Does the protest seem to be organized and have known leaders? And what about average people you met? Are they caught up in this or are some holding back?


    It was a question I asked a lot of people when I was there.

    One person — and I thought he probably gave a pretty accurate representation of what was going on — suggested that 80 percent of the city — again, it is a city of about 800,000 people — he estimated that 80 percent of the city were with the protesters, against the government. Another 20 percent were, you know, opposed or unsure. Some businessmen have had reservations about a strike that's been going on in Hama that's closed shops for two weeks.

    So it's not universal, by any means. There are divisions still in the city. But I think what is remarkable in Hama is, over the, let's say, month-and-a-half since security forces withdrew, you are seeing new leaderships emerge. You see a prominent cleric in the town negotiating on behalf of the residents with the governor.

    You see youth themselves trying to come together in committees, trying to organize the defenses of the city, document the missing and the killed in these protests, and also chronicle the demonstrations themselves for posterity.


    You wrote a fascinating piece about the emerging popular culture that's helping to drive the protests, including a song that came out of Hama and has caught on around the country, a kind of chant with the refrain, "Come on, Bashar, leave."

    We have a short clip.



    So, Anthony, tell us about this song.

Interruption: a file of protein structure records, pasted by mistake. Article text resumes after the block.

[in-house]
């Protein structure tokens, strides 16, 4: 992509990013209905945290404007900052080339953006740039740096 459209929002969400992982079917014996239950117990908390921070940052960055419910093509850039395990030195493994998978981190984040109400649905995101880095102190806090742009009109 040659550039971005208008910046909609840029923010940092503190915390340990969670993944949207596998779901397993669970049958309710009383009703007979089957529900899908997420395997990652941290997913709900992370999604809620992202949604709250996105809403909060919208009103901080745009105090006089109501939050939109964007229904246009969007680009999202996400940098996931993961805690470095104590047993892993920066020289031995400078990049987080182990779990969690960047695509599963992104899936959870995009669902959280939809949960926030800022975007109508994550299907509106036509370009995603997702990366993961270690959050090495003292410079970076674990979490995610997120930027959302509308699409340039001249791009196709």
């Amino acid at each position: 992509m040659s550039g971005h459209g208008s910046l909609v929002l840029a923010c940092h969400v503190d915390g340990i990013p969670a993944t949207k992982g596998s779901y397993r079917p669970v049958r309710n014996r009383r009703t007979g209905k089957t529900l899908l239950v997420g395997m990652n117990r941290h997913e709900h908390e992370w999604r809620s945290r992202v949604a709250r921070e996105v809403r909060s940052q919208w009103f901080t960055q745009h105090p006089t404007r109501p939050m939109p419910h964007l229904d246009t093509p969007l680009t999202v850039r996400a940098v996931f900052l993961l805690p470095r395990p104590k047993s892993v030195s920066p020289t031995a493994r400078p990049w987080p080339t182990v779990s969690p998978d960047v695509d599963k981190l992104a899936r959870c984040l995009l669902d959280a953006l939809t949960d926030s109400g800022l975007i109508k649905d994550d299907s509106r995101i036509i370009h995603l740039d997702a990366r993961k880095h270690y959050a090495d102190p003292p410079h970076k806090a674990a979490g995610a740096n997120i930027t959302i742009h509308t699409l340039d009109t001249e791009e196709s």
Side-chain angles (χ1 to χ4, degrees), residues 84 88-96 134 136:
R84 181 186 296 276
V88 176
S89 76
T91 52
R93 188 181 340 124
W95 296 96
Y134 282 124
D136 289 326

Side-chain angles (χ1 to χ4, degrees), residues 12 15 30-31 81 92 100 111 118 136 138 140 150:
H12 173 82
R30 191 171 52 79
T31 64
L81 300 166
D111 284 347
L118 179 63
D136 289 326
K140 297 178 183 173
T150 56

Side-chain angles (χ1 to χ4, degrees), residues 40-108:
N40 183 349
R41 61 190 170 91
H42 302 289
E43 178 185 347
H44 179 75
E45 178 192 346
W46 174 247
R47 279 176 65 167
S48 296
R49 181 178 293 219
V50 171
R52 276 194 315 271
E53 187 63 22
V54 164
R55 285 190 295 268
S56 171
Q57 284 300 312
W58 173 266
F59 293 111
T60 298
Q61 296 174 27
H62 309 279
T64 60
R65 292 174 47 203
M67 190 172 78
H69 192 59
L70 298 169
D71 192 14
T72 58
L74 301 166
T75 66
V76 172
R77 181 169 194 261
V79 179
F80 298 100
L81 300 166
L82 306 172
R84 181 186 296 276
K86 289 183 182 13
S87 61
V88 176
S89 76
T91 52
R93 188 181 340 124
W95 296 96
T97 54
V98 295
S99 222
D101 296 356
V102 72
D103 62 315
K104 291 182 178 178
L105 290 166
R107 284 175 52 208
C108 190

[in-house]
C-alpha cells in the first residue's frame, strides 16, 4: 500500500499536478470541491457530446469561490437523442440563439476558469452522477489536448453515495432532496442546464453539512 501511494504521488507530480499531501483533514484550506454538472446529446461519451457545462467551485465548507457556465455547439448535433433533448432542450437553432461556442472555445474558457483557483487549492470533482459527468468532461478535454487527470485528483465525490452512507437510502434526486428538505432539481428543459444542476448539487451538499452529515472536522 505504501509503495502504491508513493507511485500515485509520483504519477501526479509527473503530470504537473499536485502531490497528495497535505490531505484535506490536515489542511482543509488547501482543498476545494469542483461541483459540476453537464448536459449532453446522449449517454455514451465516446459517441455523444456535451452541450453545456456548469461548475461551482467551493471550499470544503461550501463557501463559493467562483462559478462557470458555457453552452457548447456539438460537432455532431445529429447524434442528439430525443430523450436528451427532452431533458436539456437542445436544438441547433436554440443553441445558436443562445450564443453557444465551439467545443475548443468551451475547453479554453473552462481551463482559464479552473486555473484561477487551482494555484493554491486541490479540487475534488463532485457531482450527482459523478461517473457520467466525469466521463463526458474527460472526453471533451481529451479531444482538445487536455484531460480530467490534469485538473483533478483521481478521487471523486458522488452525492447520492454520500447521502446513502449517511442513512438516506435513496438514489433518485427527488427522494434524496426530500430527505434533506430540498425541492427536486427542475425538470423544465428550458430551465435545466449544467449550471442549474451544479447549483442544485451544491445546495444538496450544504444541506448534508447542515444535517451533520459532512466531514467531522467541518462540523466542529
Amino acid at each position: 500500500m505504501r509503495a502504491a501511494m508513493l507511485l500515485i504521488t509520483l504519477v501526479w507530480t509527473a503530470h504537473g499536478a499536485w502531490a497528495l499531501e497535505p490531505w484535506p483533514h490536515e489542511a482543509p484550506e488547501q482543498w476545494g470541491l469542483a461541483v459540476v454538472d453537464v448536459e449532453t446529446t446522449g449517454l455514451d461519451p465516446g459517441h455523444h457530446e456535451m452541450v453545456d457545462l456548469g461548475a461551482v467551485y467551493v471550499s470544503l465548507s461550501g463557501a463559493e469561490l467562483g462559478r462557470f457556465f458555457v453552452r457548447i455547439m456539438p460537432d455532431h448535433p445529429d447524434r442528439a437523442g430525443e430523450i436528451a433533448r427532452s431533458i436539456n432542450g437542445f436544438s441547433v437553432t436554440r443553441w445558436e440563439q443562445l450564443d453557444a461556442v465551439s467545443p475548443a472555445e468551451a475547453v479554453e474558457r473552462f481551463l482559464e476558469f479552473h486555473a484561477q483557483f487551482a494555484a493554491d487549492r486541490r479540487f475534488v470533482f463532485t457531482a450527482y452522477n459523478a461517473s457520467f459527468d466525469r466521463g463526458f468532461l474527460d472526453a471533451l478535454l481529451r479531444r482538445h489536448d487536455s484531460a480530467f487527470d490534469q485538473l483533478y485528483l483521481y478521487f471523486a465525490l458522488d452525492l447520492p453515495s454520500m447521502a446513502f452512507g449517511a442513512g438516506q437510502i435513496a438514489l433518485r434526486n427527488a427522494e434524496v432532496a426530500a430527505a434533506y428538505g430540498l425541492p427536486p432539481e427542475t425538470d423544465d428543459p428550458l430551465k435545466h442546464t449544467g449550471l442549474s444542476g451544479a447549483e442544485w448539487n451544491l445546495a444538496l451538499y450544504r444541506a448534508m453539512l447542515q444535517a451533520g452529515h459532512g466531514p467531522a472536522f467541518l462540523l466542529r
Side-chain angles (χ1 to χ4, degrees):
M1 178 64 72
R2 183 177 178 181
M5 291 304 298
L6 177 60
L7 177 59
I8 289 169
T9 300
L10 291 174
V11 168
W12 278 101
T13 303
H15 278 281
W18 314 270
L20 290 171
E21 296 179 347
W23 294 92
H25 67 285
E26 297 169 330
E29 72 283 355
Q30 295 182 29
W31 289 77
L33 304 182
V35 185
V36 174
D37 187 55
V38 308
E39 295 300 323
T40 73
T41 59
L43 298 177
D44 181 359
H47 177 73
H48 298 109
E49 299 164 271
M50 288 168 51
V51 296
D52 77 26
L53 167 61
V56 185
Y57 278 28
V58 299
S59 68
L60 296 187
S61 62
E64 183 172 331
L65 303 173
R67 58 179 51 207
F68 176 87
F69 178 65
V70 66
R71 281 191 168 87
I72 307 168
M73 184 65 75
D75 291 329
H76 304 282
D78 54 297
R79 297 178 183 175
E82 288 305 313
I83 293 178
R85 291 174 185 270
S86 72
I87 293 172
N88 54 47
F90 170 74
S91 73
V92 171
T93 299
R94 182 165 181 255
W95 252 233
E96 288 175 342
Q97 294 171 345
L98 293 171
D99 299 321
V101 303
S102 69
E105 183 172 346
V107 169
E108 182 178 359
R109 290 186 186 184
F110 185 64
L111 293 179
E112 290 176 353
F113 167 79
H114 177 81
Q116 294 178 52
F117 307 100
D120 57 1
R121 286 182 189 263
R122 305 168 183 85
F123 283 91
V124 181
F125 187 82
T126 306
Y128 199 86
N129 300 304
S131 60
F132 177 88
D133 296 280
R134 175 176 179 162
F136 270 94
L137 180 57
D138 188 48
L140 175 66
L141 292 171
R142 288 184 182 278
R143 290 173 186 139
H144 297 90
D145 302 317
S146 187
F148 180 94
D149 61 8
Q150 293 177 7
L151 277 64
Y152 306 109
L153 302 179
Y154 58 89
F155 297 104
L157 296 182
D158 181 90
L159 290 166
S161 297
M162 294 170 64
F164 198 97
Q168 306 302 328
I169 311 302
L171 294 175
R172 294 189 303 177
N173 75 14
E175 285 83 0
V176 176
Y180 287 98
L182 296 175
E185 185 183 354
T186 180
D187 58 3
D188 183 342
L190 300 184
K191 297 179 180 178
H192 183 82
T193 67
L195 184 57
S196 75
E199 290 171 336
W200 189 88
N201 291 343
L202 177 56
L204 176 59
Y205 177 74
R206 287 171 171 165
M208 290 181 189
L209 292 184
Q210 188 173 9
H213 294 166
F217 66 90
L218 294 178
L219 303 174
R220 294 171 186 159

You know, the youth told me that they had started growing bored with the old slogans. They said the speeches weren't much better.

    And once they were able to actually gather in the downtown square in Hama and spend hours there, they tried to come up with something that they could fill their time with. And what you saw was a — was a plethora of songs that started to be written.

    And the most famous of them is that one that you mentioned, "Come on, Bashar, leave." Now, it has a story, kind of a backstory on its own. There was one man named Ibrahim Qashoush, who became somewhat prominent in singing these songs at the demonstrations. Earlier this month, he was arrested or detained, kidnapped, however you want to describe it.

    And the next day, his body was pulled from the river. He had been shot. But the detail that most residents in Hama focused on was that his throat had been cut. And not only had his throat been cut; his vocal cords had been ripped out.

    I think a lot of people in Hama saw this almost as a metaphor of the essence of decades of dictatorship. Here is somebody, for simply raising their voice, for speaking out, suffered an abominable crime. His vocal cords were actually ripped out.

    Since his death, the song has become even more popular. You see people in neighbor Homs singing the song. When I was in Hama, I met a kid as young as 6 years old who had memorized the lines by heart. And there's this remarkable scene that happened in Hama last Saturday night, when old men were gathered on this curb, drinking tea, sharing cigarettes, and the 6-year-old boy — actually, I take that back — it was an 11-year-old boy, another one who had memorized the song.